Pakistani president gets vote of confidence

General to hold power until 2007 despite protests

January 02, 2004|By Paul Watson and Mubashir Zaidi | Paul Watson and Mubashir Zaidi,LOS ANGELES TIMES

ISLAMABAD, Pakistan - Legislators approved Gen. Pervez Musharraf's hold on power until at least 2007 yesterday, despite a walkout by opposition members of Parliament who insist that his rule is illegal.

The Pakistani leader, who seized power in a 1999 coup and has become a key ally in the U.S.-led war on terrorism, won votes of confidence in both houses of Parliament, the latest victory in his long struggle to legitimize his presidency.

The balloting came on the eve of a crucial summit of regional leaders. Musharraf will be the host of a two-day conference of the South Asian Association for Regional Cooperation starting Sunday in Pakistan's capital.

Indian Prime Minister Atal Bihari Vajpayee will attend, making his first visit to Pakistan in four years, and is expected to meet with Musharraf. Many people in India and Pakistan, weary of a 56-year conflict over the disputed Kashmir region, hope the summit will bring formal peace talks closer.

Masood Khan, spokesman for Pakistan's Foreign Ministry, said this week that his government would not raise the Kashmir issue at the summit, respecting a long-standing tradition of the South Asian organization that countries should not raise bilateral issues. Leaders of the seven-nation group - which also includes Bhutan, Nepal, Sri Lanka, Bangladesh and Maldives - are expected to sign a regional free trade agreement.

But most eyes will be on Vajpayee, Musharraf and Pakistani Prime Minister Mir Zafarullah Khan Jamali for any signs of warmer relations.

India and Pakistan, which have fought three wars since gaining independence from Britain in 1947 and which in recent years have become nuclear powers, reached another milestone yesterday on the difficult journey back to normal relations. A Pakistan International Airways 747 jumbo jet arrived in New Delhi from Lahore. It was the first commercial flight between the countries since India severed air links in 2002 after a terrorist attack on the Parliament buildings in New Delhi. India accused Pakistan of masterminding the assault, which Pakistan denied.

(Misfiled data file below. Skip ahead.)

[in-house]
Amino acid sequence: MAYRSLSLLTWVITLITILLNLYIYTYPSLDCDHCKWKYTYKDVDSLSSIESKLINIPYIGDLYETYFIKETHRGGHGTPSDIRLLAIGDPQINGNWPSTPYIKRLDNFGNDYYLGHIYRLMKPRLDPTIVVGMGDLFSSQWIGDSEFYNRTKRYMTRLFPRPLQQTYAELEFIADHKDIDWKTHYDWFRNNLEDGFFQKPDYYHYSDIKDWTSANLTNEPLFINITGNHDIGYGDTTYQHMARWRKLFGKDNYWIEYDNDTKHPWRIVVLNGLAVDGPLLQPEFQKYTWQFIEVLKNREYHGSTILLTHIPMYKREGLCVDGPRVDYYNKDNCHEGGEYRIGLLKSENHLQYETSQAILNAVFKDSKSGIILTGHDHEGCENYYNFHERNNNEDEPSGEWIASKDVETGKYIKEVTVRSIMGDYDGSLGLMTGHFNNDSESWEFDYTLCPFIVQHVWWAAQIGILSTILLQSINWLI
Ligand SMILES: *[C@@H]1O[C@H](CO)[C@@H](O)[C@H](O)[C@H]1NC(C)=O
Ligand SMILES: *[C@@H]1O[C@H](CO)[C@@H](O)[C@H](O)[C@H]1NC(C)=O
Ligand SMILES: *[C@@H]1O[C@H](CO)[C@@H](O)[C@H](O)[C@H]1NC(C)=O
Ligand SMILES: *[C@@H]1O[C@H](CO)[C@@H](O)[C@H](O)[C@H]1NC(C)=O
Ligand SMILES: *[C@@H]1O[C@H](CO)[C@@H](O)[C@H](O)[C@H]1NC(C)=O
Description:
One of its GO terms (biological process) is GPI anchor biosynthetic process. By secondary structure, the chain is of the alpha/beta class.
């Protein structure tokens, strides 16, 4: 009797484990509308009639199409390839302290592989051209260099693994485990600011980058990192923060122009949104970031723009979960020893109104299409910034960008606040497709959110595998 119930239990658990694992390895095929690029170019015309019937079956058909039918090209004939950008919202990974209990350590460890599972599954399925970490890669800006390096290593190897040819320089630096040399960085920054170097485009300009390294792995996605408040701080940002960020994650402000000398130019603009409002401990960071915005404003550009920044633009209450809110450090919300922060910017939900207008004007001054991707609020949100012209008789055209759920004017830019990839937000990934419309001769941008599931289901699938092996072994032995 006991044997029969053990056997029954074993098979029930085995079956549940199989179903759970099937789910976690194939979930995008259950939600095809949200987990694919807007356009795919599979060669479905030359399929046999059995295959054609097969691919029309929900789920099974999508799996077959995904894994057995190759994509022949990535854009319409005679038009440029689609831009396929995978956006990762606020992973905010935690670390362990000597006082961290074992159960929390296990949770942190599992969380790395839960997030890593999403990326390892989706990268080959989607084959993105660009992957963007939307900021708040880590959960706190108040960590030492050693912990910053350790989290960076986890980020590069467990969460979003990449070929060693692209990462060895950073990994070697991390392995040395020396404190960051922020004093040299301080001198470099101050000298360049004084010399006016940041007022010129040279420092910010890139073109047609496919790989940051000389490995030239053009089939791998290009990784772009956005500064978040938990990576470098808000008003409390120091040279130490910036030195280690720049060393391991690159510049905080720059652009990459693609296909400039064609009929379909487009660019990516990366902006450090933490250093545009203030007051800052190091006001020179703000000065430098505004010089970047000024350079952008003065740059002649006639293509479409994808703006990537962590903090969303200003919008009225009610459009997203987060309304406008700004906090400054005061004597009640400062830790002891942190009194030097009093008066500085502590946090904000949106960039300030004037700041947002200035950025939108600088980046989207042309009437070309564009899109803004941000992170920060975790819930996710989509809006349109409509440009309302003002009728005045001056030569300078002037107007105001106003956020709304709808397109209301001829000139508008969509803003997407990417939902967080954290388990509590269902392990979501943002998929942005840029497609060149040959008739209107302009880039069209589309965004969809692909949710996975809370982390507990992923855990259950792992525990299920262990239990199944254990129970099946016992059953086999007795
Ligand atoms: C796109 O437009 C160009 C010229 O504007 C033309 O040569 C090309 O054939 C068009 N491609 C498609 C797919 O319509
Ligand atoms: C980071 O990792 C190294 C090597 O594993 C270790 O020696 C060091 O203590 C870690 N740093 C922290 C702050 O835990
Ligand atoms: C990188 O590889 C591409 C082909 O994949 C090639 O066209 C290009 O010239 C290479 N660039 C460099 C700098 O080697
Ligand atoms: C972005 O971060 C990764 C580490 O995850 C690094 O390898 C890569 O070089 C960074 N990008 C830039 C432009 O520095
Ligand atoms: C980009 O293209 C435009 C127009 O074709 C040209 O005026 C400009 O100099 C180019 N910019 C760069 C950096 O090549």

After yesterday's walkout by opposition lawmakers, Musharraf won support from 191 lawmakers in the 342-member National Assembly, with no votes against him. In the Senate, 56 members out of 100 voted in favor of Musharraf. One senator voted against him.

Assemblies in the nation's four provinces - Punjab, North-West Frontier, Baluchistan and Sindh - also approved Musharraf's rule despite walkouts.

In announcing the results on state-run television, the chief election commissioner, retired Justice Irshad Hasan Khan, declared that lawmakers had approved a five-year presidential term for Musharraf, beginning with a disputed 2002 referendum on his rule.

"Musharraf has staged another drama to get his illegal presidency validated," said Ahsan Iqbal, coordinator of the opposition Pakistan Muslim League. The party is led by Nawaz Sharif, the prime minister overthrown by Musharraf in 1999.

Musharraf's critics in the mainstream political opposition argue that he has empowered Islamic hard-liners by continuing a military alliance with Pakistan's mullahs that dates to the regime of former military dictator Gen. Mohammed Zia ul-Haq from 1977 to 1988.

To break a yearlong deadlock with an alliance led by Islamists in Parliament, Musharraf struck a deal last month in which he agreed to quit the military within a year to win support for his rule through at least 2007.

The Los Angeles Times is a Tribune Publishing newspaper.

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